This blog is intended to go along with Population: An Introduction to Concepts and Issues, by John R. Weeks, published by Cengage Learning. The latest edition is the 12th (it came out in 2015), but this blog is meant to complement any edition of the book by showing the way in which demographic issues are regularly in the news.

If you are a user of my textbook and would like to suggest a blog post idea, please email me at: john.weeks@sdsu.edu

Saturday, March 9, 2019

Hispanic Fertility is Dropping in the U.S.

I have not blogged for a while because I am working very hard to finish up the 13th edition of POPULATION, which should be available this Fall. However, I had to say something today because so many of you sent me a link to the New York Times story on the fertility decline among Hispanics in the U.S. The NYT story is based largely on a report just out from the National Research Center on Hispanic Children & Families in Bethesda, Maryland, and their report is based on data compiled by the National Center for Health Statistics of the U.S. Centers for Disease Control and Prevention. Here's the bottom line:
Between 2006 and 2017, the Hispanic fertility rate fell by 31 percent, compared with just 5 percent for white women and 11 percent for black women. The especially large decline among Hispanic women is likely driven, in part, by recent changes in the composition of the U.S. Hispanic population. The share of U.S. Latinos who are foreign-born is getting smaller, and foreign-born Hispanic women generally have higher fertility than U.S.-born Hispanic women.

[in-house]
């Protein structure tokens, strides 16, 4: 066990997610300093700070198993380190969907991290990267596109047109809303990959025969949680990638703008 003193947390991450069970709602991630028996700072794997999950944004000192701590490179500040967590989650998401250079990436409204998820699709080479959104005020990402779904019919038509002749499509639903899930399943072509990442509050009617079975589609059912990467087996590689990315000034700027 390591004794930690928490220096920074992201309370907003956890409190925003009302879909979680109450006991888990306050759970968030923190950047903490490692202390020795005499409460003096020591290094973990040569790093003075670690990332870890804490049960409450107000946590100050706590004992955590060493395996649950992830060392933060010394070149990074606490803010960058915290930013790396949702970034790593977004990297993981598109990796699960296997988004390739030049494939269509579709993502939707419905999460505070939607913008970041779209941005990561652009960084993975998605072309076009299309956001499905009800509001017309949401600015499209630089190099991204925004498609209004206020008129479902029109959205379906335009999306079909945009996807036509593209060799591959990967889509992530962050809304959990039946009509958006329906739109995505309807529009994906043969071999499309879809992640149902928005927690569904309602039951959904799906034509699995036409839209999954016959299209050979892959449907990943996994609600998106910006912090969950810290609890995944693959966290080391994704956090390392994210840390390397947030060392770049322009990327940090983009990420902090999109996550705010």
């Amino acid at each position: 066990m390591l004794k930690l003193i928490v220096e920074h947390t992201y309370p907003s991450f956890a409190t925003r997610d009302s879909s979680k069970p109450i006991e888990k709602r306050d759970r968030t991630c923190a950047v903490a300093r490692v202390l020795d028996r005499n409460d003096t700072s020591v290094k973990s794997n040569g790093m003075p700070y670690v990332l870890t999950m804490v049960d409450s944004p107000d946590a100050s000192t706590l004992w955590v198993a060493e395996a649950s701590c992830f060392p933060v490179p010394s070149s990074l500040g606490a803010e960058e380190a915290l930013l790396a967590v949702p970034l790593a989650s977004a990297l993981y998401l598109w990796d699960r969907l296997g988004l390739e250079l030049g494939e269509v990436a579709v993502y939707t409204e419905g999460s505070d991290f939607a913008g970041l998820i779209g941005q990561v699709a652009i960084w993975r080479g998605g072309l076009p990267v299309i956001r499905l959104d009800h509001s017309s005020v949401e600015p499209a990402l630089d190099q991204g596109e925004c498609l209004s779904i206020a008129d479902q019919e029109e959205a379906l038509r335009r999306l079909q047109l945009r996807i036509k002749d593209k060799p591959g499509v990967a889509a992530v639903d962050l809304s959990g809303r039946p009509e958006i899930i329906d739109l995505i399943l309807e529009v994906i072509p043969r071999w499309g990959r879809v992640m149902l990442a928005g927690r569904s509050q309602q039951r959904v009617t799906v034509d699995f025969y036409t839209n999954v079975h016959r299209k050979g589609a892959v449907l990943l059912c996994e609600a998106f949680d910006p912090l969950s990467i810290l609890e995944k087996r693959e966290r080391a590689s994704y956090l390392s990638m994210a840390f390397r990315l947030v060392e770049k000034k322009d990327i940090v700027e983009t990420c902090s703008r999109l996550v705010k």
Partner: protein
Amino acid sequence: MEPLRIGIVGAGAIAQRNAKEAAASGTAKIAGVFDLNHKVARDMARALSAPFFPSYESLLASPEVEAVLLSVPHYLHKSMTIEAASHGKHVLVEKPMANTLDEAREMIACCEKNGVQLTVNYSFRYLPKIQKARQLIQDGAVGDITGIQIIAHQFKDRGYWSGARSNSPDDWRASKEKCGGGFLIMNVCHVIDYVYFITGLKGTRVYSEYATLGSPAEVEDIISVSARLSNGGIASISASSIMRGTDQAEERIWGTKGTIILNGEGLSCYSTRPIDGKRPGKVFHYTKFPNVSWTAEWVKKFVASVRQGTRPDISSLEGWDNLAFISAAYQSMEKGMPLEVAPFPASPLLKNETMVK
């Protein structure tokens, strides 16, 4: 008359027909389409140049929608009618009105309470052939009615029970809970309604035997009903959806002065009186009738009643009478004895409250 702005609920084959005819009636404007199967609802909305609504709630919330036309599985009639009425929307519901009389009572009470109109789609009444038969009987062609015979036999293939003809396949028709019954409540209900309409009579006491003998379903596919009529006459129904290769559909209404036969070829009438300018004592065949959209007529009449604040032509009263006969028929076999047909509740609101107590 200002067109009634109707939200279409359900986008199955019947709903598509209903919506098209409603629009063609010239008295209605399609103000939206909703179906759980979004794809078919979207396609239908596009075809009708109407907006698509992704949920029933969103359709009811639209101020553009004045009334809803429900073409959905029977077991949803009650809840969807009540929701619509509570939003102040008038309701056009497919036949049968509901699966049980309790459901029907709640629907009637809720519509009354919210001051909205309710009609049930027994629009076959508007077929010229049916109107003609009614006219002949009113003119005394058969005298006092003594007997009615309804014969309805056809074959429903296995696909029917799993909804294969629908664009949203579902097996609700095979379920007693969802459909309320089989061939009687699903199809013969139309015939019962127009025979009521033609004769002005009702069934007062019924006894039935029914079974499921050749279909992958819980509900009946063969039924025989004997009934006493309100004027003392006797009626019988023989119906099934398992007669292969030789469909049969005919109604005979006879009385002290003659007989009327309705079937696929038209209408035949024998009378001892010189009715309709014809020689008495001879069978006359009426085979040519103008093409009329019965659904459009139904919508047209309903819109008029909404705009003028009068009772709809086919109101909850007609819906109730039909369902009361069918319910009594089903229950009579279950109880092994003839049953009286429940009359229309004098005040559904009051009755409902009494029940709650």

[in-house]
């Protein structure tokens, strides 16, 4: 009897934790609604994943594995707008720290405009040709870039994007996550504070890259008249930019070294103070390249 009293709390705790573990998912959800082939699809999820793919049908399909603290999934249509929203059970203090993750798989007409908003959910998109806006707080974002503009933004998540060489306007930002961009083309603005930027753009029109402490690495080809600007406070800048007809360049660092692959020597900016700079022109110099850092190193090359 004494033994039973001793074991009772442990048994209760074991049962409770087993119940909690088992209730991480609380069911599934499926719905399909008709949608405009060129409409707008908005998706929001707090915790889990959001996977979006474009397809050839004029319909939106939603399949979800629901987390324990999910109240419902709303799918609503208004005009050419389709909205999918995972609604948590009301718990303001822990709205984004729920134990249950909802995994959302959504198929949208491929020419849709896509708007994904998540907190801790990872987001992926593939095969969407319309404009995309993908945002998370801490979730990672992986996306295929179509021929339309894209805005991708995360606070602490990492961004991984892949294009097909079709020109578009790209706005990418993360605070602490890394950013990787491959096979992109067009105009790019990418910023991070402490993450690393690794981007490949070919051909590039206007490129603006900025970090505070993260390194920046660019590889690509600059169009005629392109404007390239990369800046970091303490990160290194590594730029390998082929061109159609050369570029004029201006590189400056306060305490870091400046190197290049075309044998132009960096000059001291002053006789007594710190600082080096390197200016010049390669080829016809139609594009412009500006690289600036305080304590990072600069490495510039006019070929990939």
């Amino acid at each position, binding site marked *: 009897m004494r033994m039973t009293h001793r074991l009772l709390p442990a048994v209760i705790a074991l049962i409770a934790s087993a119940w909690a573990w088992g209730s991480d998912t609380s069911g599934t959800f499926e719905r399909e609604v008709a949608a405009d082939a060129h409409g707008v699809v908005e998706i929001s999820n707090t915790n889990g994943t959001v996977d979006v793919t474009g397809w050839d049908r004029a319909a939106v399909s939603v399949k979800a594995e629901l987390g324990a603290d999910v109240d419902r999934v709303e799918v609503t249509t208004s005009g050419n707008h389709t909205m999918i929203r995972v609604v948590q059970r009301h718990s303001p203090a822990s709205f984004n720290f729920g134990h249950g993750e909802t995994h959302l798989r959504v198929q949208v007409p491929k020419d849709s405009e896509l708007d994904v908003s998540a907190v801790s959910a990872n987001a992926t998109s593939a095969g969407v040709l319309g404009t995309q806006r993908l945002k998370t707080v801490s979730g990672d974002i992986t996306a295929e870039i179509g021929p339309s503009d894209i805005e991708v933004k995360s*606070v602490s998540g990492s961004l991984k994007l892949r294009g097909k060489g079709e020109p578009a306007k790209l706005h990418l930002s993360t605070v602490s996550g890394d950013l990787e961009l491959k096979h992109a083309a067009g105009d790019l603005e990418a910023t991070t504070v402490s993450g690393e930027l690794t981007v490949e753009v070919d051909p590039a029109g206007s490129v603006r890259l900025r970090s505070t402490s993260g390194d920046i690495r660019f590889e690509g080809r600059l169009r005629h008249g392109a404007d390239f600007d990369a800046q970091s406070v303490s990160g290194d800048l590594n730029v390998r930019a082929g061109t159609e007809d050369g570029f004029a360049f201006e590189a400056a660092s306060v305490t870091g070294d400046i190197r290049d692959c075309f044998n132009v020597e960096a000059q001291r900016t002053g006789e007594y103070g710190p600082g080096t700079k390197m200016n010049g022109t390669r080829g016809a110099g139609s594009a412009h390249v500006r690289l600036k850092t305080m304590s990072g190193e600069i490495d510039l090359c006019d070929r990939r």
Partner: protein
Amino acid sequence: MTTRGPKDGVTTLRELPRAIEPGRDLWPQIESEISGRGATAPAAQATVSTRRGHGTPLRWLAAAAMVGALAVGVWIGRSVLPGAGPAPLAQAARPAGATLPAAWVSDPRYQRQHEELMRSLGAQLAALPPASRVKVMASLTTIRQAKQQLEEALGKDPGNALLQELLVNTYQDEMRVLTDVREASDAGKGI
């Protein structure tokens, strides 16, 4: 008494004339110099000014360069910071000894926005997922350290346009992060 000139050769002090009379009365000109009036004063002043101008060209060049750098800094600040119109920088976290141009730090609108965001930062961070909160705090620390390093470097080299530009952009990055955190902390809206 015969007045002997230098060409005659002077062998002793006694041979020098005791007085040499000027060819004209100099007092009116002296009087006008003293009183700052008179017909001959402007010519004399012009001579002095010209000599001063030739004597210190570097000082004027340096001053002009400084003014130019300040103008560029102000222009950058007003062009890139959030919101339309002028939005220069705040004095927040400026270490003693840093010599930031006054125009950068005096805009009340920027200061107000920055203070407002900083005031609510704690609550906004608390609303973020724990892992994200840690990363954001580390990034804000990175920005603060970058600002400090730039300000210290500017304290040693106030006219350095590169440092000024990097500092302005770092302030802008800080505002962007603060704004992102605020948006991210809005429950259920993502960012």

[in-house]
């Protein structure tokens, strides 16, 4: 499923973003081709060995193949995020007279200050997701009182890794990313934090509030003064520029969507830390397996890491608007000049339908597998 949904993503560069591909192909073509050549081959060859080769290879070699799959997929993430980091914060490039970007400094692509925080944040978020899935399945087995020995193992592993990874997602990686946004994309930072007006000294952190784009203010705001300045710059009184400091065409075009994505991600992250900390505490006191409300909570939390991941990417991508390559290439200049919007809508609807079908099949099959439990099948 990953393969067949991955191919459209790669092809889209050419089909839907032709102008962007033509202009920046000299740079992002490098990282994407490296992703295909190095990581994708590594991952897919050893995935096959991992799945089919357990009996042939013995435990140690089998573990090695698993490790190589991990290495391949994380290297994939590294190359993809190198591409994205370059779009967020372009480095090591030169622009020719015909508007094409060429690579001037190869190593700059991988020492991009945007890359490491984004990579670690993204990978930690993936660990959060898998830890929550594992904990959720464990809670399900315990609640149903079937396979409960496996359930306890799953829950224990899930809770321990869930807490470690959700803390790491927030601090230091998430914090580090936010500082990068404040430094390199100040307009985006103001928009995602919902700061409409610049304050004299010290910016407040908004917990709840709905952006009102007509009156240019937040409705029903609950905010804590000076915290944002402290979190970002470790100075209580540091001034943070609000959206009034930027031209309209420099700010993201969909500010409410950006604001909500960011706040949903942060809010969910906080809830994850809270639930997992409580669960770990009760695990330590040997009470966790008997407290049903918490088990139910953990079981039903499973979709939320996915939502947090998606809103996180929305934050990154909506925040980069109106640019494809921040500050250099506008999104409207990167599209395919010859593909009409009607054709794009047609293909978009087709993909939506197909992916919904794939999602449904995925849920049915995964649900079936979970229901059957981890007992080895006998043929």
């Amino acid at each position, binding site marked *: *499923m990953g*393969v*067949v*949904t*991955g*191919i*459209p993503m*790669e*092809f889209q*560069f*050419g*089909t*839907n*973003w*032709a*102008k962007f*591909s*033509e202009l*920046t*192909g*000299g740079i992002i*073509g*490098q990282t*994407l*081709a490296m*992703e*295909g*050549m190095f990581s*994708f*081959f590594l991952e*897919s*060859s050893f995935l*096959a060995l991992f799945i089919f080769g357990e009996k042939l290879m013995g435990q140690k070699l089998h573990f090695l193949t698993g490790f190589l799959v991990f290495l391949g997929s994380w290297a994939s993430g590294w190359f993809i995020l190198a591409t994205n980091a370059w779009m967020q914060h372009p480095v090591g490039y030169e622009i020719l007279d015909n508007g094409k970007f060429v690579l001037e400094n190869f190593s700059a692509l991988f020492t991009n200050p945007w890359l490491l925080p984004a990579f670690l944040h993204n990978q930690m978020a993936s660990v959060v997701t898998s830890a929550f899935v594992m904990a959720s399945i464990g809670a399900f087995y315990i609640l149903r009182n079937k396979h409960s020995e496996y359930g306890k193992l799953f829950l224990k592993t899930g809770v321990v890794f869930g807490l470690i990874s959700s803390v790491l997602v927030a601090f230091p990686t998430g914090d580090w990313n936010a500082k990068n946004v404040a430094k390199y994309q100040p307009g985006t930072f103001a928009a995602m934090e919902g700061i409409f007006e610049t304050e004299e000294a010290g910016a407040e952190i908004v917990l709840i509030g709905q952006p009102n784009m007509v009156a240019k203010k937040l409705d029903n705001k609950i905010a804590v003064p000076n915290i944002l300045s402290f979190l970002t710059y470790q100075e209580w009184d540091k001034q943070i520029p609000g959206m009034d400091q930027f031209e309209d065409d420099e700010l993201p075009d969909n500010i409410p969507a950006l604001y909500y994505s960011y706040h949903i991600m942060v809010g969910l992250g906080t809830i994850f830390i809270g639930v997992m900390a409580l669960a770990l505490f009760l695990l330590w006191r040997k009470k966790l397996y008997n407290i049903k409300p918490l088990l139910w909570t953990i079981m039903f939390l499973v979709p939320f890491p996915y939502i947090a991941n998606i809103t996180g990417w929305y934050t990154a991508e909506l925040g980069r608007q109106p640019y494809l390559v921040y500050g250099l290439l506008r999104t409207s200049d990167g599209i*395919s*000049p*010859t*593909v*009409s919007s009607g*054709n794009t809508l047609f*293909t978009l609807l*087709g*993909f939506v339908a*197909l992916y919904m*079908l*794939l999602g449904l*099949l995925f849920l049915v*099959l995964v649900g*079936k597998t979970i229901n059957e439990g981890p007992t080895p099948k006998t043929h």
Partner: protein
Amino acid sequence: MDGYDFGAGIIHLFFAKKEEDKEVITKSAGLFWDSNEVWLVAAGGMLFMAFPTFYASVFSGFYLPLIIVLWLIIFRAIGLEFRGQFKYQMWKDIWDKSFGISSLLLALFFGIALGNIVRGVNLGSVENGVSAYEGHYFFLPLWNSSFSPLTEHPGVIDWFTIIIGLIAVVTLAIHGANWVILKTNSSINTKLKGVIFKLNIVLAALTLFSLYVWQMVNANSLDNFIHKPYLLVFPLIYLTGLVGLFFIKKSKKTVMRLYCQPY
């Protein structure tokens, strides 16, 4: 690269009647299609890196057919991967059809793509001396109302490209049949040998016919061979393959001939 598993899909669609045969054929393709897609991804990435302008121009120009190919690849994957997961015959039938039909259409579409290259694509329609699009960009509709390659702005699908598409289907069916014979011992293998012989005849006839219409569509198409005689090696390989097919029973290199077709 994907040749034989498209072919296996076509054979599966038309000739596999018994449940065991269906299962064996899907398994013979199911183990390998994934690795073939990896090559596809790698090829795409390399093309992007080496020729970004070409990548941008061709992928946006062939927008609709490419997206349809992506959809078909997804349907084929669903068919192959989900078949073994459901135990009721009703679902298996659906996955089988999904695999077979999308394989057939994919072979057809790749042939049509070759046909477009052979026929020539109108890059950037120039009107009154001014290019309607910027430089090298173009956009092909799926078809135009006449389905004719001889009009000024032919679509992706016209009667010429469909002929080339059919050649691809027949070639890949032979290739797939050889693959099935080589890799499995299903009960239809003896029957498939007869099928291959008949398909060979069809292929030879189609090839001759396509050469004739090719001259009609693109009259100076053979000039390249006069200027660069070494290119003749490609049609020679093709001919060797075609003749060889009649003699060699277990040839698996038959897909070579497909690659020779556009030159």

Continued fertility declines among Hispanics will help push the total fertility rate in the U.S. even further below replacement level.
Fertility rates are dropping among all race/ethnic groups in the United States, and although the drop has been highest for Hispanic women, they do still have the highest birth rates of any group. I agree with the assessment that the higher percentage of U.S.-born Hispanics is very influential in these trends, but keep in mind that this is largely because of the recent steep drop in migration from Mexico, which is closely related to the precipitous drop in fertility within Mexico.

Back in January I was on TV here in San Diego talking about the decline in the birth rate in the United States, and if you'd like to check that out, follow this link to KUSI-TV, and go in about 15 minutes--I was the third guest on the "San Diego People" program.

OK--back to the 13th edition...

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